his supporters belonged to the Ionian Aegialeis, and the revolution took the
form of a reaction against an oppressive Dorian nationality (Hdt. 5.68
). Throughout Greece we see a period of
transition, during which pressing difficulties, national or social, called
for settlement; and the adjustment that ensued took the form either of a
constitutional dictatorship or of an unconstitutional monarchy. In the
former case the contending factions combined in appointing an individual for
the settlement of their difficulties who bore the title of αἰσυμνήτης.
Such an office was held by Pittacus
in Mitylene, Zaleucus in Locri, and Solon in Athens; it was the only
constitutional form of despotism in the Greek world, and Aristotle describes
it as an “elective tyranny” (Arist. Pol.
3.14, 8 = p. 1285), and as combining the characteristics of
(ib. 4.10, 3 = p. 1295). The aesymnetes was given a
body-guard of sufficient force to enable him to carry out his work of
renovation (ib. 3.15, 16), and held office either for life or for a term of
years or until certain duties had been performed (ib. 3.14, 9). In the later
period of tyranny we find an aesymnete, Iphiades of Abydos, who made himself
despot (ib. 5.5, 9 = p. 1305; Plaes, Die
ii. p. 89); and in some states, such as Teos, Cyme,
Naxos, and Megara, the aesymnesia developed into a standing magistracy [AESYMNETES
]. But such a
legitimised despotism was rare in the Greek world. More frequently the reins
of government were seized by a man who constituted himself the champion of a
section of the people. The demagogue who united military prowess with zeal
for the popular welfare was the most ordinary type of despot; this character
is found chiefly exemplified by the pretenders who in the 7th and 6th
centuries rose to the throne through opposition to the ruling oligarchies,
such as Orthagoras at Sicyon, Cypselus at Corinth, Theagenes at Megara,
Pisistratus at Athens (Arist. Pol.
5.5 and 10;
); but this type perpetuated itself
even in the 4th century: Dionysius of Syracuse was one of the great historic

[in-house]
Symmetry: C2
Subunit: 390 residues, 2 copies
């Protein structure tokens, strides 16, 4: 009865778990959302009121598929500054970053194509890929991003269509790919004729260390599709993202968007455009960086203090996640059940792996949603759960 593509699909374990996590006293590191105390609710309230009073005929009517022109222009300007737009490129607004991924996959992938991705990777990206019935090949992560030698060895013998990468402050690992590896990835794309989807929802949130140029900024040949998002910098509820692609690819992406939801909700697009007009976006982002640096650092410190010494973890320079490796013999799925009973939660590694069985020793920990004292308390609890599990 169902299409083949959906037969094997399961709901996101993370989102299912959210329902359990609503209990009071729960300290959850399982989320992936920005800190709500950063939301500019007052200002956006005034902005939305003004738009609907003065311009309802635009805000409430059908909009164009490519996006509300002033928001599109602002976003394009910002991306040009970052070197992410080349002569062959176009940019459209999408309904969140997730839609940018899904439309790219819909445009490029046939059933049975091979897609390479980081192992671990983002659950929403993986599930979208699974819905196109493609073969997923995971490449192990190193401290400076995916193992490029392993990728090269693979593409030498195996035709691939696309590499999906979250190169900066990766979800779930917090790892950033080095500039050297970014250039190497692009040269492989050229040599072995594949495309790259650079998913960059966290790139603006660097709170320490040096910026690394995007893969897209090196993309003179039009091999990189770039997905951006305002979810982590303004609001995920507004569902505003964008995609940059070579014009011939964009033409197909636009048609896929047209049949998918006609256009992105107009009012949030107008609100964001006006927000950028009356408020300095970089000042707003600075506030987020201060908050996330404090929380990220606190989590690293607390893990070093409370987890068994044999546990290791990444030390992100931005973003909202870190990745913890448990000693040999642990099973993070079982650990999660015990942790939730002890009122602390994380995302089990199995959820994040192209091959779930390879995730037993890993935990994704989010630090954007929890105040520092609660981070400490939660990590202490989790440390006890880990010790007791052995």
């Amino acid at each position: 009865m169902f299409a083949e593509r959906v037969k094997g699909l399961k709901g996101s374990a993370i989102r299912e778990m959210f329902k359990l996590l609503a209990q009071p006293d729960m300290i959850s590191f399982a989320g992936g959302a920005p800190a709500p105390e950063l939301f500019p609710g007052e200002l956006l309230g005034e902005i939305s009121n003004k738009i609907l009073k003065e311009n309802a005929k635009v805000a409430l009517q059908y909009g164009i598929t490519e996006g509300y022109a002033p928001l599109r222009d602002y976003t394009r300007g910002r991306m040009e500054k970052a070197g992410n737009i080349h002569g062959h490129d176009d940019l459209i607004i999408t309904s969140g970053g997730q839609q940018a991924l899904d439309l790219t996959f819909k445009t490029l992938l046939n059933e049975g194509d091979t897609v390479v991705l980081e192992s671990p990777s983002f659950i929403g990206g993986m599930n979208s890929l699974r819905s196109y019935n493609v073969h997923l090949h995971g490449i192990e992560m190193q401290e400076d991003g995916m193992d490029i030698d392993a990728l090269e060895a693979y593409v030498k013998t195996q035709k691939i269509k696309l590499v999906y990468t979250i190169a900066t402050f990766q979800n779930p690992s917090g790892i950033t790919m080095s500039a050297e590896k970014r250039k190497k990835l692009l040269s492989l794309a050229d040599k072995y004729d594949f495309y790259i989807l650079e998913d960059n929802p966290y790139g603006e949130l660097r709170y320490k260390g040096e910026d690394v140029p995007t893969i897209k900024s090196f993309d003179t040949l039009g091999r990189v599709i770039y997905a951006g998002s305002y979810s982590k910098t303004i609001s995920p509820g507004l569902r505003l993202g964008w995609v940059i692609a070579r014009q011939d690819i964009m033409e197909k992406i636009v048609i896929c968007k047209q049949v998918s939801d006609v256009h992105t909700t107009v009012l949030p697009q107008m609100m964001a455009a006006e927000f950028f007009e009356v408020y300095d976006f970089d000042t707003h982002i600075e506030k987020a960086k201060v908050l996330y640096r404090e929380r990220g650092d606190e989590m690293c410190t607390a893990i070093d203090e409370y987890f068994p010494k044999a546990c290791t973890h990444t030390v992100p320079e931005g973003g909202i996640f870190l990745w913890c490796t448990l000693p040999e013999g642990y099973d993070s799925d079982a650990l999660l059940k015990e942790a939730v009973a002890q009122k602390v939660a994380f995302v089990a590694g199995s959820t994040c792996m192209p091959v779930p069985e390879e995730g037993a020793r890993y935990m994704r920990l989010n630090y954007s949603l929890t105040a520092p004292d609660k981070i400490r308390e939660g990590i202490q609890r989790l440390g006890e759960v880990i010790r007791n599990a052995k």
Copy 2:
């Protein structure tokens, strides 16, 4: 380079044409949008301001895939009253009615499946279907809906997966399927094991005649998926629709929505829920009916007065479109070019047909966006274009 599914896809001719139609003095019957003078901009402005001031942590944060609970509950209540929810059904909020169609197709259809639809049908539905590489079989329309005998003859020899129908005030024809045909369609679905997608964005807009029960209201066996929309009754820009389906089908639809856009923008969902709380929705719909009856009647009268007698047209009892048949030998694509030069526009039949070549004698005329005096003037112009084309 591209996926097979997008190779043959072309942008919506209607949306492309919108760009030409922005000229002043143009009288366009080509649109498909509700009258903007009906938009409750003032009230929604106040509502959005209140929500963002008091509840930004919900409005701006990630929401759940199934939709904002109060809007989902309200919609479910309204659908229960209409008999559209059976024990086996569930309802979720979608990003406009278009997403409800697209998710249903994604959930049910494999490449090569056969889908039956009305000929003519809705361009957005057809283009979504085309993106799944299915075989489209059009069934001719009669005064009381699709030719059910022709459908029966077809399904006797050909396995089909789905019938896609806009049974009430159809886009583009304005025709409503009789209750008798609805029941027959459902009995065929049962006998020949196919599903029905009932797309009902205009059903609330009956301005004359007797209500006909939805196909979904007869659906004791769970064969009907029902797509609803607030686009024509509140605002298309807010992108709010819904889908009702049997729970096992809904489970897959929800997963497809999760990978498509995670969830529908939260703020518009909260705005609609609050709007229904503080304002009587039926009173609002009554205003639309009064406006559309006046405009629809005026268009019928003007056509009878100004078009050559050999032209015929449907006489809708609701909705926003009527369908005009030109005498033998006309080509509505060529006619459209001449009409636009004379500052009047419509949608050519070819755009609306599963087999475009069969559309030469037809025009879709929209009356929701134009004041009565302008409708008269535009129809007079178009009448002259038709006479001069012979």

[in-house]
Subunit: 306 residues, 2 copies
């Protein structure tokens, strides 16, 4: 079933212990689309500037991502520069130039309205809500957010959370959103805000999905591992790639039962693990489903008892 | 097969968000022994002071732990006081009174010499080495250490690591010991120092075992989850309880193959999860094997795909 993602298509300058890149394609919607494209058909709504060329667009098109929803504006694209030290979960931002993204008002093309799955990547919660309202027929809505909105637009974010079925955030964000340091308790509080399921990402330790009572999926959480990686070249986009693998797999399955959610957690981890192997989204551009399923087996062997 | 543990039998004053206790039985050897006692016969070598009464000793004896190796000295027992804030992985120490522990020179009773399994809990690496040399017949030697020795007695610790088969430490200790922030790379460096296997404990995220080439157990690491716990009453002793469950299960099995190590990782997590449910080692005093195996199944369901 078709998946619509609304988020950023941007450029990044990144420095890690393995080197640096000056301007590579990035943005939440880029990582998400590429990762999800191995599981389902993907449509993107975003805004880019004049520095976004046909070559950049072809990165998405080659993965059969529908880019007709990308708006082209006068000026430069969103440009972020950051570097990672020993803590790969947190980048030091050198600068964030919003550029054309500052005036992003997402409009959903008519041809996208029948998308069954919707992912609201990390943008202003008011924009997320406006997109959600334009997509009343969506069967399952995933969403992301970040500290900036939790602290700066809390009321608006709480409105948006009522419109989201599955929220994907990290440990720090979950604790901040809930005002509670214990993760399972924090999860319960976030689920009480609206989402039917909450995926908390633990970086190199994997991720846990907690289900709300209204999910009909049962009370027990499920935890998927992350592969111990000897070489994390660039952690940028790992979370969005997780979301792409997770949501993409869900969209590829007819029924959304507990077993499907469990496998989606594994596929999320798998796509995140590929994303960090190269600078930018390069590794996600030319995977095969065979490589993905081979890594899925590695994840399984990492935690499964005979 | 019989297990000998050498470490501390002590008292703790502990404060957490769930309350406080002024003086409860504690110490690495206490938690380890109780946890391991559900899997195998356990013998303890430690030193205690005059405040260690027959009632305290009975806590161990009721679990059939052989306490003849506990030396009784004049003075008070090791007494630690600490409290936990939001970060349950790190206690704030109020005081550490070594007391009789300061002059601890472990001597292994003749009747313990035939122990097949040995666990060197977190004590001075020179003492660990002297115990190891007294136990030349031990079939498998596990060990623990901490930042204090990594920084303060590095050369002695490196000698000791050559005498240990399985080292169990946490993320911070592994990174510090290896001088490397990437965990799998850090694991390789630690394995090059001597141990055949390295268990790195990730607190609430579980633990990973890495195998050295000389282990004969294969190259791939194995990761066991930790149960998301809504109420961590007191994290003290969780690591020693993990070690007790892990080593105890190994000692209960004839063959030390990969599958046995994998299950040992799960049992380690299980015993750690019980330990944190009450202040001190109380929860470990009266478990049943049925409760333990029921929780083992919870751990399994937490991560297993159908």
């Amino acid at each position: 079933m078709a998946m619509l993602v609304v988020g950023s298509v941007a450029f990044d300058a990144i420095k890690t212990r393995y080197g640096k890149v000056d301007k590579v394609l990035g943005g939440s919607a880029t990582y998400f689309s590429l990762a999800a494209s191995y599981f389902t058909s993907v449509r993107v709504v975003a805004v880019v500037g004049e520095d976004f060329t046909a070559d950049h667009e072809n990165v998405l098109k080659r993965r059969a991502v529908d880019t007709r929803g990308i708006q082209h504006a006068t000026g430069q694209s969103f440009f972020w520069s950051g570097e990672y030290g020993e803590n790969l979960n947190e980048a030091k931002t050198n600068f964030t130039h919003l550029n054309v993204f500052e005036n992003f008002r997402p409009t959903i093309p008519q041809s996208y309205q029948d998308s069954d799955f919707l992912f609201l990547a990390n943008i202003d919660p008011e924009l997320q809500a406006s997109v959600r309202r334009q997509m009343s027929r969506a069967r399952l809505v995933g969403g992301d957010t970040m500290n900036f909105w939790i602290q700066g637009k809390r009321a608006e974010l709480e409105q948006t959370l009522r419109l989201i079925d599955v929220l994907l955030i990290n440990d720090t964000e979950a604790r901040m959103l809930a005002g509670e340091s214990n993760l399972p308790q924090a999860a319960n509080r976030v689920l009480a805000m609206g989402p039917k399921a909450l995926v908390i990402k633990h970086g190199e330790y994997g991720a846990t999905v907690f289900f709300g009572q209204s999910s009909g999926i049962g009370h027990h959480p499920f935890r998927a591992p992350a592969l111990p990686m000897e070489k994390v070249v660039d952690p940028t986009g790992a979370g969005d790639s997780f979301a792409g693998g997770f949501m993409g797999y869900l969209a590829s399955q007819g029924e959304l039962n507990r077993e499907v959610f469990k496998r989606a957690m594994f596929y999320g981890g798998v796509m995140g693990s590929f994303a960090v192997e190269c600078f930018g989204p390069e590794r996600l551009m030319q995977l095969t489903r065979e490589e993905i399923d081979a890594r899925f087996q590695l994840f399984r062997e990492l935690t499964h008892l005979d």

instances of the demagogue-despot (Arist. Pot.
5.5, 10), and
both Plato and Aristotle affirm this championship of popular causes to be
the most settled element in the growth of tyrannies (Plat.
8.565 D, τύραννος ἐκ
προστατικῆς ῥίζης καὶ οὐκ ἄλλοθεν ἐκβλαστάνει
5.10, 4 = p. 1310). But it was in
the earlier tyrannies that this phenomenon was of most importance, as
inaugurating a new and necessary phase of political life; they effected, as
no other power could have done, the unity of the nations which they
governed, and in many cases, as at Athens, their rule first created a
national spirit (Hdt. 5.66
); they were thus the
precursors of the democracy, and even where democratic [p. 2.916]
institutions did not follow their overthrow, yet a juster and
more equable rule replaced, as at Corinth, the dynastic government of the
older oligarchies. The demagogues who made their way to the throne were
sometimes sprung from the oppressed classes whom they championed, as
Orthagoras of Sicyon, who belonged to the weaker Ionian element of the
state, and is said to have been a cook (Diod.
); in other cases they were members of the oligarchies they
overthrew, and made the great powers which they possessed as, magistrates a
stepping-stone to the crown. It was thus that Phalaris rose to be tyrant of
Agrigentum (Arist. Pot.
5.10, 6); Lygdamis of Naxos belonged
to the old nobility (ib. 5.6, 1); at Miletus a tyranny arose out of the
office of prytanis (ib. 5.5, 8), and according to one account Cypselus of
Corinth rose to power by the mode in which he exercised the office of
58). When once he had risen to power, the despot was
sometimes enabled to retain his position through popular support; thus
Cypselus of Corinth was a popular man who during the whole time of his rule
never had a body-guard (Arist. Pol.
and men like Gelo, who based their power on a victory over the national
foes, could dispense with the support of armed force (Diod. 11.23
); but as a rule the band of ἐπίκουροι,
for the support of which the
subjects were taxed, was the invariable accompaniment of tyrannis (Arist.
3.14, 7); this body-guard was usually
composed of foreign mercenaries (ib. 5.10, 10), such as the Argive soldiers
of Pisistratus (Hdt. 1.61
). Even when the first
steps to power were due to popular support, the rise to the tyranny was
often effected by a coup
as in the case of Pisistratus. Sometimes,
even in the older tyrannies, the despotic rule was wholly acquired by the
use of armed force. It was thus that Polycrates and afterwards Syloson
gained the throne in Samos (Hdt. 3.120
; Polyaen. 6.45
), that Aristodemus gained the
throne in Cumae (Dionys. A. R. 7.2
11), and that Cylon attempted to make himself tyrant of Athens (Hdt. 5.71
). The first exercise of the despot's power was usually the